Today marks a special day for our community of automotive enthusiasts! As your friendly expert in automotive surfacing and visualization, I am relaunching my very own YouTube channel. Hope you will find plenty of tips and tricks to make your life easier!
The following story is 100% real. Pat’s real name is used preserve his/her privacy and anonymity.
Months of COVID lockdowns drove everyone insane but at last, home confinement was over. I never thought I would miss shopping so much. One of the workers in the store (Pat) recognized me and said hello. We had met about two years before when Pat worked in the automotive industry. Not able to find more permanent work, Pat had to work retail. I flipped burgers before catching my own break, so I respected that. I was in a hurry but incredibly grateful for the great customer service, so I handed out a business card: “let’s catch up some time”. Nothing happened until about a year later. Pat was struggling about what to do and was asking for some advice because the situation had not changed. I called Pat and we properly met up online. I had an idea:
Me: “Still want to work in the industry?”
Me: “How bad do you want it?”
Pat: “Really bad.”
Me: “Alright. Let’s get started.”
Pat: “Really? Great! Thank you! Get started on what? Now???”
Me: “Yeah now. Do you really want it or not?”
Pat: “I do.”
From that point on, I was Pat’s informal mentor for digital modelling. The portfolio showed promise. My pupil was enthusiastic, a good person who could use a break and I felt the urge to help. It reminded me of my own situation more than 20 years ago. In a way, I was paying it forward. I brought it back to the basics of modelling like framing and filleting. I found problems in the models and gave suggestions on how to solve them.
We hit the first bumps. Even with a day job in the middle, the pace of work was too slow. Something Pat said struck me: “I am a perfectionist”. That can be symptomatic of a bigger more serious problem. I kept repeating myself: “volume, volume, volume”. The aim is to get the volume of a car done. Anybody looking at it should recognize it even without all the minute details. It is amazingly easy to get lost in a corner. Keep moving and refine the big stuff before caring about the tiny radii. Pat finished a car by Christmas, on to the next.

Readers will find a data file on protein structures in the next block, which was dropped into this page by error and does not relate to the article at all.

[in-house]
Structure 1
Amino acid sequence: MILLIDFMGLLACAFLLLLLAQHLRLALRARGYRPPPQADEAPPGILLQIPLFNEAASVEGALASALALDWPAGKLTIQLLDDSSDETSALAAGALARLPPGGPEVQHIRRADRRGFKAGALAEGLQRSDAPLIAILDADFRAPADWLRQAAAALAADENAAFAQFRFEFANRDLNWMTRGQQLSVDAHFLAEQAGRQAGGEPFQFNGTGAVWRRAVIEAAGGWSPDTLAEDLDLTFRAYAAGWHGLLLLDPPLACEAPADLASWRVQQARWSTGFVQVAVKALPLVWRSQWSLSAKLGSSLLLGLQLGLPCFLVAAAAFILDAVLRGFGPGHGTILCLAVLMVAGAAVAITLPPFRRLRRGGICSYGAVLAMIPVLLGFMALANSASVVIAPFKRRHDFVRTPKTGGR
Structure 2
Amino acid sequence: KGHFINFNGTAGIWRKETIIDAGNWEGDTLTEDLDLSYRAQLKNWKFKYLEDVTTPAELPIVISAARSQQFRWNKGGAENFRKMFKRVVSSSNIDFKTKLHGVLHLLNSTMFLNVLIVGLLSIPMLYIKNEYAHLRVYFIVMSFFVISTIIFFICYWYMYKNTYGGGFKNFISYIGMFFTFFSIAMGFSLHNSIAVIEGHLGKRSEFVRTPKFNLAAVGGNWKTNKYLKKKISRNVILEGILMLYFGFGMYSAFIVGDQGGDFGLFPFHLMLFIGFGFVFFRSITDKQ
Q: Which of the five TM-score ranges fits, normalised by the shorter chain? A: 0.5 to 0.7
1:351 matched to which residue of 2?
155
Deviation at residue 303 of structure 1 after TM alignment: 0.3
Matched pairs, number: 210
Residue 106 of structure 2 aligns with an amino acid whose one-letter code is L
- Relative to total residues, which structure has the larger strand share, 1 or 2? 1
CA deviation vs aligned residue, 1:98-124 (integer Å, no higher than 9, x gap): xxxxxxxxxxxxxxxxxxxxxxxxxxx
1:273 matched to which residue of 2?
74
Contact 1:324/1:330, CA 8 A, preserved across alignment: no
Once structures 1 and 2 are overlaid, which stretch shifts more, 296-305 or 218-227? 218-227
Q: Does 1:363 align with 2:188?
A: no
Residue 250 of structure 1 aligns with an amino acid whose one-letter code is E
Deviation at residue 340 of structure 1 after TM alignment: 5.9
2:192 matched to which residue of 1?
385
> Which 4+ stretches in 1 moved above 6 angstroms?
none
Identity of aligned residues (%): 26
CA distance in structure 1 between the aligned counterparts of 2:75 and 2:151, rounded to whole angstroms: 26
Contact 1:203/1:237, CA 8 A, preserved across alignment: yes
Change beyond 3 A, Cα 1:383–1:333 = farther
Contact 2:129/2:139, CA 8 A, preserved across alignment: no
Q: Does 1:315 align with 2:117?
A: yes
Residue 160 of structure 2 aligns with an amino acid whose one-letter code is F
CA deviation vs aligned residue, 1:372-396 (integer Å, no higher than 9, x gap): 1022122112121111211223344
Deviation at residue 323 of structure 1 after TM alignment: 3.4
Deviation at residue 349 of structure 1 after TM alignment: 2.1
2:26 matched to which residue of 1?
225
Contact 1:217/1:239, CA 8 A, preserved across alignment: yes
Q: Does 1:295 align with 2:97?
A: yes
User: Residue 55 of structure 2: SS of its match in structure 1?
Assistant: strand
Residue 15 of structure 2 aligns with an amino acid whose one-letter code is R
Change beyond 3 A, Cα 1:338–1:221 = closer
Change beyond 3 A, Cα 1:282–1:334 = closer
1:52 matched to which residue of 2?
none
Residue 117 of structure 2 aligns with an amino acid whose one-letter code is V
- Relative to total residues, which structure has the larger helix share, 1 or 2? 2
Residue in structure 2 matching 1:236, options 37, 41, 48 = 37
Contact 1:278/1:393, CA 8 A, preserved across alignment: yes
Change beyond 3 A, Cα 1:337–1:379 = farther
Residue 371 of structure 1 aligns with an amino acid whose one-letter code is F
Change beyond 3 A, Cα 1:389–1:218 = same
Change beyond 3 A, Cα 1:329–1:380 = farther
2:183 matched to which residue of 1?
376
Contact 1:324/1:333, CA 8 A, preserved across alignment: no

The main thing was to try and keep Pat motivated: “many things frustrate me”. It had been such a long and upward struggle that frustration would be inevitable. I could feel it in some of our exchanges. I also noticed a pattern, something that cannot be taught. Every time Pat was down, I would get another email not long after: “I am happy with whatever you ask me to do”. Pat got down but got back up every single time. By April, there was another car in the portfolio.
The next one was going to be a surprise: Pat had to model a never seen before car (courtesy of a friend of mine). “Ugly as hell” was Pat’s answer. “That is your designer’s opinion. You are my modeller and I need a model so let’s go” I replied. A month later, there was a breakthrough: “congratulations, you have your first volume”. Things were picking up.
Now Pat was about ready to send applications and about to experience what I call “the business from the business”. I introduced Pat to various people in my network. Pat even came to some of the public events I attended. The rejections came fast and furious or worse, complete and total radio silence (yes, that business). It had been a year since we started our collaboration, and the clouds were not breaking. Asking for my advice, I wrote the following message: